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Ohio lawmakers pushed on prescription-drug bill

COLUMBUS - A coalition led by the Ohio AFL-CIO is pressuring legislators to take action on a bill that would enable state government to try to negotiate lower prescription-drug prices for poorer citizens.

Saying they're tired of waiting for the Republican-controlled General Assembly to act, coalition members plan to decide next month whether to start a petition drive to pressure lawmakers to vote on the bill early next year. If they don't approve the measure, the issue could be placed on the ballot in November, 2003.

The legislation would enable the state to negotiate rebates on prescription drugs for those without insurance or who are underinsured - about 2.2 million people in Ohio, the AFL-CIO estimates.

State Sen. Bob Hagan (D., Youngstown) introduced the legislation in June, 2001. After holding one hearing, Republicans have kept the bill in committee, saying it smacks of big government.

“It's all about big socialist government beating up on the free enterprise system,” said state Sen. Lynn Wachtmann (R., Napoleon), head of the Senate Health, Human Services, and Aging Committee.

But supporters say the bill should not be a partisan issue.

“This is not a big government program where the government dictates price; this has to do with the government negotiating a lower price directly with manufacturers,” said Dale Butland, spokesman for the coalition that includes the Ohio United Way, the Ohio Nurses' Association, and the Ohio Council of Churches.

If the state, for example, negotiated a 50-percent rebate with the manufacturer on a prescription drug, the customer would pay 50 percent of the price and the pharmacist would bill the state for the remaining 50 percent.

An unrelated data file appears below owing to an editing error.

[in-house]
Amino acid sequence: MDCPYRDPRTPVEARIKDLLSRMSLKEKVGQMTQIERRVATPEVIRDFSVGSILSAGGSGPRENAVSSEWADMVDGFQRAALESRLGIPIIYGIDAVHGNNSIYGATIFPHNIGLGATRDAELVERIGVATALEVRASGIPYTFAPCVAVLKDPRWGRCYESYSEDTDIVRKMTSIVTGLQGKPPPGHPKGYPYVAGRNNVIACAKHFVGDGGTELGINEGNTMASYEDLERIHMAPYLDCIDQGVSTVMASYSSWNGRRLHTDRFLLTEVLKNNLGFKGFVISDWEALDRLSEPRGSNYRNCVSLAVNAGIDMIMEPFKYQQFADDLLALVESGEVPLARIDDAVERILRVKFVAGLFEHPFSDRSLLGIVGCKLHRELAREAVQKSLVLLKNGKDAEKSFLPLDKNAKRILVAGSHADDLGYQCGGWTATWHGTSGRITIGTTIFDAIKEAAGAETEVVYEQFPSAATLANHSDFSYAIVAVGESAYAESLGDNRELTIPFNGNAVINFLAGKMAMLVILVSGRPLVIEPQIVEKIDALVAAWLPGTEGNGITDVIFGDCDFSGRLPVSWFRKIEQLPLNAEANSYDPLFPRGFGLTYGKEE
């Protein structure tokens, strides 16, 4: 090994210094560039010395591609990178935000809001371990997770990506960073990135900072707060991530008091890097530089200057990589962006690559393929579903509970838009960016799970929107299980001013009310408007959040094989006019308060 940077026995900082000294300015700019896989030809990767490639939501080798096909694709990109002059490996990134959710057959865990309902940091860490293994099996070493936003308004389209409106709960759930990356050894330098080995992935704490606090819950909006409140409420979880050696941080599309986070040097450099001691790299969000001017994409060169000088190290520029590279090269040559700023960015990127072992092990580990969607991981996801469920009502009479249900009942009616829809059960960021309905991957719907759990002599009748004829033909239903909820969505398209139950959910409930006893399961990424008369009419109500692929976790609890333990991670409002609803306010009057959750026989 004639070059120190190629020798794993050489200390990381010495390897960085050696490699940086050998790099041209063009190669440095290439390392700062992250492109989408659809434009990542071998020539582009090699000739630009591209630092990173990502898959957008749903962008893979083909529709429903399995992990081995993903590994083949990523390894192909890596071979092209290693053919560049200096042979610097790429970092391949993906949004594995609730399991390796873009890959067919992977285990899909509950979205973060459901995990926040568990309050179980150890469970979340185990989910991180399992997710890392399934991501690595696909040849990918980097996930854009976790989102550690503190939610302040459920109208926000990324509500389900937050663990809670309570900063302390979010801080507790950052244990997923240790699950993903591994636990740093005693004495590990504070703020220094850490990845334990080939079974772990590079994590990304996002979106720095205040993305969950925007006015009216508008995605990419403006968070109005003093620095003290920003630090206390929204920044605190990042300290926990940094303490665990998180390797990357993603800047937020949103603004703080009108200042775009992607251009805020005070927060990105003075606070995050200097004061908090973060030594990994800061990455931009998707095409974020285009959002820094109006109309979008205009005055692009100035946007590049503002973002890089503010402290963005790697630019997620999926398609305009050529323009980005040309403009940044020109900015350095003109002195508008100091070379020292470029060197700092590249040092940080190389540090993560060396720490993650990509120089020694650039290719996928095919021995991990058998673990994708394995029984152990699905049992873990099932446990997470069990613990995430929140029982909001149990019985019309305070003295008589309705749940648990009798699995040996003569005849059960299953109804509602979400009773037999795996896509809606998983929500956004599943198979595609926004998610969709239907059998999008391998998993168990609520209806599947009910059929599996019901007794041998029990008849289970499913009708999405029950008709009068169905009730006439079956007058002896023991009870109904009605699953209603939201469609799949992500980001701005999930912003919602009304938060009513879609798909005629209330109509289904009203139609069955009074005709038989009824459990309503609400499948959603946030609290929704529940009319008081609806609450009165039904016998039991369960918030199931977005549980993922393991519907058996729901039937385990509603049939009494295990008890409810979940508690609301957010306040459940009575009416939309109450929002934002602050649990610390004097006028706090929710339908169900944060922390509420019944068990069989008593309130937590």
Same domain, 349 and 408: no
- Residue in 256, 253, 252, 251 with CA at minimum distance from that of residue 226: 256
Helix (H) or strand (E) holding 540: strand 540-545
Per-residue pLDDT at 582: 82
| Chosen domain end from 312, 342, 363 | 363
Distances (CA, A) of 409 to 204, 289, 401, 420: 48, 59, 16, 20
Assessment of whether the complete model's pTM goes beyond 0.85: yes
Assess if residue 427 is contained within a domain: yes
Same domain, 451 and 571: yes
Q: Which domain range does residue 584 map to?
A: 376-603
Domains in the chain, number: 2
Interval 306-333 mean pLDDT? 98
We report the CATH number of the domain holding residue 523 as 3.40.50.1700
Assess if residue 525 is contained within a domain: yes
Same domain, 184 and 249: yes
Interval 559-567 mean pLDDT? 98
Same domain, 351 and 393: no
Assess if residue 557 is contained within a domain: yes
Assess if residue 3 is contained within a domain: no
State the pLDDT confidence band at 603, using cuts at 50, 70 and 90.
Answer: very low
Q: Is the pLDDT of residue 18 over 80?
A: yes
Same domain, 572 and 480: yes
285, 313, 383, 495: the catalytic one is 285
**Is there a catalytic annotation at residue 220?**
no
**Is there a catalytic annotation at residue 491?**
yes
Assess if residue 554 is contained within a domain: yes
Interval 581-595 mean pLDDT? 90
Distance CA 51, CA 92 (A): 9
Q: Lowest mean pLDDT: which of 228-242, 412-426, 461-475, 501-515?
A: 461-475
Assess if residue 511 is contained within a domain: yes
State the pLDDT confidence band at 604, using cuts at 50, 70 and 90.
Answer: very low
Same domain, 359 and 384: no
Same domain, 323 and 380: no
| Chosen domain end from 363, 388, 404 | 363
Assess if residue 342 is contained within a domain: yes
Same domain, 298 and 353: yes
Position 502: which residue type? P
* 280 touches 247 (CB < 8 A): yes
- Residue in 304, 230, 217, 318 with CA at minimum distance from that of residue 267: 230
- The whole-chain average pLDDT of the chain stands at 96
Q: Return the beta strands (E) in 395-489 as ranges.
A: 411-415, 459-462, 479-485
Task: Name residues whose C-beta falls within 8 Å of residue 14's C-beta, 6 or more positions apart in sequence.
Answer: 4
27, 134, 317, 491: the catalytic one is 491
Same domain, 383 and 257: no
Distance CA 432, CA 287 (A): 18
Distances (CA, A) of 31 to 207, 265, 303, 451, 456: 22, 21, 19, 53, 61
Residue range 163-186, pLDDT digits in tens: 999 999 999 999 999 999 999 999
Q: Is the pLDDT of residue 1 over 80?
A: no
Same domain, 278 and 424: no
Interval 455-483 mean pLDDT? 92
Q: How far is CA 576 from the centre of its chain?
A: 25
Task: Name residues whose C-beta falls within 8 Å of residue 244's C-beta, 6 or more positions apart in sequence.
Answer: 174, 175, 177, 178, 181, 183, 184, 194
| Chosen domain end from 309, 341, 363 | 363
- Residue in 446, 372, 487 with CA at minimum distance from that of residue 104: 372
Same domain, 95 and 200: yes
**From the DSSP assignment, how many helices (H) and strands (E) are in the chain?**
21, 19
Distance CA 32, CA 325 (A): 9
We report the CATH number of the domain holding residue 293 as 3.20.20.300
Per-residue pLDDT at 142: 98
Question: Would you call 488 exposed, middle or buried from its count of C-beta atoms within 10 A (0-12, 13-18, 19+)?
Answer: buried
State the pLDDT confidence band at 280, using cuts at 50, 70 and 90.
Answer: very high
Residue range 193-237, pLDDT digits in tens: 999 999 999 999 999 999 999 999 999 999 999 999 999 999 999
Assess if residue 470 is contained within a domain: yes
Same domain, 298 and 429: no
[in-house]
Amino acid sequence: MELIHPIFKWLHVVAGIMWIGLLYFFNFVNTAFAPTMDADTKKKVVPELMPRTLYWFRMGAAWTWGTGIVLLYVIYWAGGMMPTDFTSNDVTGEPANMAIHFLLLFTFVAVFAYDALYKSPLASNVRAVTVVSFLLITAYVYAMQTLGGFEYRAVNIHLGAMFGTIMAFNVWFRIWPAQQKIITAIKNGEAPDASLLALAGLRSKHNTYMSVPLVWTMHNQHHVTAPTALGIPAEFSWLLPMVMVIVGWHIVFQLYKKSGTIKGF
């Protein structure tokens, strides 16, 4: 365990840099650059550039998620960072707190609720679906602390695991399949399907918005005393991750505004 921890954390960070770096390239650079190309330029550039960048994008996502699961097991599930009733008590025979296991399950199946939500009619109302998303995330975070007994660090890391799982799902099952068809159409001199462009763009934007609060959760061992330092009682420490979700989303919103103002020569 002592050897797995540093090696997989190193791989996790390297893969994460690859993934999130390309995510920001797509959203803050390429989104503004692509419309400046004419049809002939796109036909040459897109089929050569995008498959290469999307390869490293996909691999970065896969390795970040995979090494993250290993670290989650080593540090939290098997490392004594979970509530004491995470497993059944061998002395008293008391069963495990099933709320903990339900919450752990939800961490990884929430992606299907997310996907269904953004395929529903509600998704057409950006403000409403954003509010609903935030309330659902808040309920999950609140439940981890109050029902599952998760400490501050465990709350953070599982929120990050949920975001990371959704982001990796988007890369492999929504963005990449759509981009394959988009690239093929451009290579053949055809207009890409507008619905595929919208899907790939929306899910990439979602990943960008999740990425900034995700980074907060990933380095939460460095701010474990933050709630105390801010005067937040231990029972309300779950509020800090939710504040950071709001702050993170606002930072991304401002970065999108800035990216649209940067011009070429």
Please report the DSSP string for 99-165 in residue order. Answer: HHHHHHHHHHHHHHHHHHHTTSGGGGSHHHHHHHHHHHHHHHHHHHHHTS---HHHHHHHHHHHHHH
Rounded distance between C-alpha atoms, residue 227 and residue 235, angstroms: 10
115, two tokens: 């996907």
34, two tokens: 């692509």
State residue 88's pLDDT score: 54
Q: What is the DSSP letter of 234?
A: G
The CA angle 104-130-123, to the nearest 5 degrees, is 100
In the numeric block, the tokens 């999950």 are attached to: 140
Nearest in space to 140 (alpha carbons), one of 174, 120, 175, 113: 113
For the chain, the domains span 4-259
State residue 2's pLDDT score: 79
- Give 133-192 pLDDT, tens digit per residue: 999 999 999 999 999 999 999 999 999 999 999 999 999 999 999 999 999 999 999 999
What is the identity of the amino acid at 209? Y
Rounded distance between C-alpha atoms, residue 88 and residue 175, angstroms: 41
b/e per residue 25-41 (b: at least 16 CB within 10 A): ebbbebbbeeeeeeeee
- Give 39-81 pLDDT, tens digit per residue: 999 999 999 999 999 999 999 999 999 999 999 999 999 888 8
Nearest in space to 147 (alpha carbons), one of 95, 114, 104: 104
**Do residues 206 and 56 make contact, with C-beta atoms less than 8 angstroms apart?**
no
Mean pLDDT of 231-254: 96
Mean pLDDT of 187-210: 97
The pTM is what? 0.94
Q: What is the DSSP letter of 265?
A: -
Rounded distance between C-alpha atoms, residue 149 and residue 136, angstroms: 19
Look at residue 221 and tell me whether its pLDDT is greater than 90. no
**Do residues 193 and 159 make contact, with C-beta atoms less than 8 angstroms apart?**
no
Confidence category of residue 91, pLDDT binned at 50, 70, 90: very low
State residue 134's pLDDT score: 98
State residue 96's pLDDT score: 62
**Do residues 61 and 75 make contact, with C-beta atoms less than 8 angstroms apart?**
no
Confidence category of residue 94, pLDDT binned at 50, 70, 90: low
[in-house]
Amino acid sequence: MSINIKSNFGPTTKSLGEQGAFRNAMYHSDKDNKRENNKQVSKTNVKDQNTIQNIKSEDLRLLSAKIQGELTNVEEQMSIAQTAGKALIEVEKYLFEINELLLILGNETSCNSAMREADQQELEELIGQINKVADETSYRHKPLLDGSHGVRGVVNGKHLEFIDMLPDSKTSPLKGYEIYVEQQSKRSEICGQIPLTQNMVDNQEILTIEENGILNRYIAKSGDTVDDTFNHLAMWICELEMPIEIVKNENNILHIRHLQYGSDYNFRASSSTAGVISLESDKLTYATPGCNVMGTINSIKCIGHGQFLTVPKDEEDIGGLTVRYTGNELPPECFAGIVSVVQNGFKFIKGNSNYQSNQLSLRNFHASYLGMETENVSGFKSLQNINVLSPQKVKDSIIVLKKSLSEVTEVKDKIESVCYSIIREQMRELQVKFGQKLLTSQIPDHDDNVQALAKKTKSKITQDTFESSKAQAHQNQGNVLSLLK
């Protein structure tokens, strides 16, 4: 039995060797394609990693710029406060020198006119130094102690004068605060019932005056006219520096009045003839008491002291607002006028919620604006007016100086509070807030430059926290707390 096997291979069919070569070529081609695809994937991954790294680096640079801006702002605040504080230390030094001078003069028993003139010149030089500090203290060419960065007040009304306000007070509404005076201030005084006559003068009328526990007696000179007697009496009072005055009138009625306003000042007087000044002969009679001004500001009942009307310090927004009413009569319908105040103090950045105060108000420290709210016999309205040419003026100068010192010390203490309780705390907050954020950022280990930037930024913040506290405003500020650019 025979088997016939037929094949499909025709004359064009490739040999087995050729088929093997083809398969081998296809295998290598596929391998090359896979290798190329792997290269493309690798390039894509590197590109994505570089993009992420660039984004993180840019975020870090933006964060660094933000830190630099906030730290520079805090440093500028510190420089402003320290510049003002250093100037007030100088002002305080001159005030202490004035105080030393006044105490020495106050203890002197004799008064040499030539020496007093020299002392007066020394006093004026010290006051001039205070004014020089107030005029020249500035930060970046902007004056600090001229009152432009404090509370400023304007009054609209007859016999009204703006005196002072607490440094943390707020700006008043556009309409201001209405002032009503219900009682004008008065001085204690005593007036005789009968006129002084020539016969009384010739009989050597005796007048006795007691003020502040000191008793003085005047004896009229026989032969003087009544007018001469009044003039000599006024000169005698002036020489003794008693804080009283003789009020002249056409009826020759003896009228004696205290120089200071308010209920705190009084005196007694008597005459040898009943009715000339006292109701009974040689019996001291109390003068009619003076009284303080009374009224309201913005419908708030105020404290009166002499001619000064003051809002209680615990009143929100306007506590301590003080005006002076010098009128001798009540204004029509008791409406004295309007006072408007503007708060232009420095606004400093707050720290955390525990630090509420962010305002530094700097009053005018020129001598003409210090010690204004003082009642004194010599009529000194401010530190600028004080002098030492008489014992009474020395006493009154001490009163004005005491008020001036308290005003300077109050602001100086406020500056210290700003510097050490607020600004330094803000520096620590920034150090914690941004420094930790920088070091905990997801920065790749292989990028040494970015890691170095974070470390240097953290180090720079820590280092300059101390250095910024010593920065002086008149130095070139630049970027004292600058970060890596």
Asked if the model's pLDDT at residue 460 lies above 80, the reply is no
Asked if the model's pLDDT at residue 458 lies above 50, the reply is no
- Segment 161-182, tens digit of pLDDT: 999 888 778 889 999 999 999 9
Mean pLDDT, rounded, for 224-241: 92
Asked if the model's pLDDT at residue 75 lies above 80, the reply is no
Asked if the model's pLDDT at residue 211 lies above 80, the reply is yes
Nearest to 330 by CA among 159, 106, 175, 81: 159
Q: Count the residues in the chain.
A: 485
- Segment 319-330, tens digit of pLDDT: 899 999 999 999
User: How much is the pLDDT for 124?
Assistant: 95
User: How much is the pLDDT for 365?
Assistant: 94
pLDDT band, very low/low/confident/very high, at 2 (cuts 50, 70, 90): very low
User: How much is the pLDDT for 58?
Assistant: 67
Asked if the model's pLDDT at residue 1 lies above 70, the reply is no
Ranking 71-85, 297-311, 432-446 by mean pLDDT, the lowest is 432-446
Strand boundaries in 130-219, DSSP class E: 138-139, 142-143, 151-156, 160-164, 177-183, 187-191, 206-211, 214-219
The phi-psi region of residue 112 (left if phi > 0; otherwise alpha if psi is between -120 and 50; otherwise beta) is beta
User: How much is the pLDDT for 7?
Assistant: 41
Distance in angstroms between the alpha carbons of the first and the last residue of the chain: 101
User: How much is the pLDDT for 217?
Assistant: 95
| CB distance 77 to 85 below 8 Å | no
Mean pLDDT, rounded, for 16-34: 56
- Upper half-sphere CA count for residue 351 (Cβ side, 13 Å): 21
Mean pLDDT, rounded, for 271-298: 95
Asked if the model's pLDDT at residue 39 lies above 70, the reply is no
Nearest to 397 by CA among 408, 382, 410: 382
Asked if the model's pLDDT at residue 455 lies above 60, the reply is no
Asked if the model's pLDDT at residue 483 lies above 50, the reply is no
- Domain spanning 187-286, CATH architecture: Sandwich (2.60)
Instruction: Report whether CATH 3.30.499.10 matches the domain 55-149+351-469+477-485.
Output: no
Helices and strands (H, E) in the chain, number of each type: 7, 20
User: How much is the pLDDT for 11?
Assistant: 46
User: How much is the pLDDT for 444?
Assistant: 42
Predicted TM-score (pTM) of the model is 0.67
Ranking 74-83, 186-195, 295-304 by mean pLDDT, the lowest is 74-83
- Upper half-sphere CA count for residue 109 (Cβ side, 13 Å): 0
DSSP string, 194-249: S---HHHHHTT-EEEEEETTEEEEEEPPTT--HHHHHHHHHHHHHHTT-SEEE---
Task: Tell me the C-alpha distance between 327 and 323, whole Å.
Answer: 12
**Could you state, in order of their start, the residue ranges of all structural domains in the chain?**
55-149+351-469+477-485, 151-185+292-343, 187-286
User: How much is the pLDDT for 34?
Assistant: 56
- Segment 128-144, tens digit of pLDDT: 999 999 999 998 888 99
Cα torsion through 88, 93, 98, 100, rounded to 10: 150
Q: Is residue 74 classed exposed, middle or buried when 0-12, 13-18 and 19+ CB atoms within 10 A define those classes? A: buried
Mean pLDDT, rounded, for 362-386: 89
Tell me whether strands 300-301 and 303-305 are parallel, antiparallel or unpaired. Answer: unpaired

The state then would pay the pharmacists from rebates it gets from drug firms, said Bernie Horn, policy director for a Washington think tank, the Center for Policy Alternatives. The state's cost of administering the program would be covered from those rebates, said Mr. Horn, in Columbus yesterday to discuss state efforts to lower prescription-drug prices.

Mr. Hagan's bill is patterned after the one that the Maine legislature approved - which was put on hold last year because of a lawsuit filed by the trade group representing pharmaceutical companies. Hawaii recently adopted its own version, and similar measures may pass in Vermont and Minnesota this year, Mr. Horn said.

To force the legislature to at least consider the bill, the AFL-CIO and other coalition members would be required to collect at least 100,628 signatures of registered voters. If the legislature amended the bill or took no action within four months, the petitioners could collect more signatures to place the issue on the November, 2003, ballot.

“It's another tool to bring some pressure on this irresponsible legislature,” said Bill Burga, Ohio AFL-CIO president.

Mary Anne Sharkey, Taft press secretary, said he doesn't have a stance on the bill. She said he is focused on getting the Senate to pass a bill to offer a discount-drug program for those who are 60 and older, and the disabled.

Mr. Burga said he's talked to Mr. Taft twice about the prescription-drug bill that Mr. Hagan introduced last year. Mr. Hagan's brother, Tim, is the Democratic candidate for governor, and he backs the bill.

“[Mr. Taft] said he was concerned about whether it would cost the state anything. I said, `Governor, if you analyze it, what minimal cost there would be to the state it could recoup,' ” Mr. Burga said.

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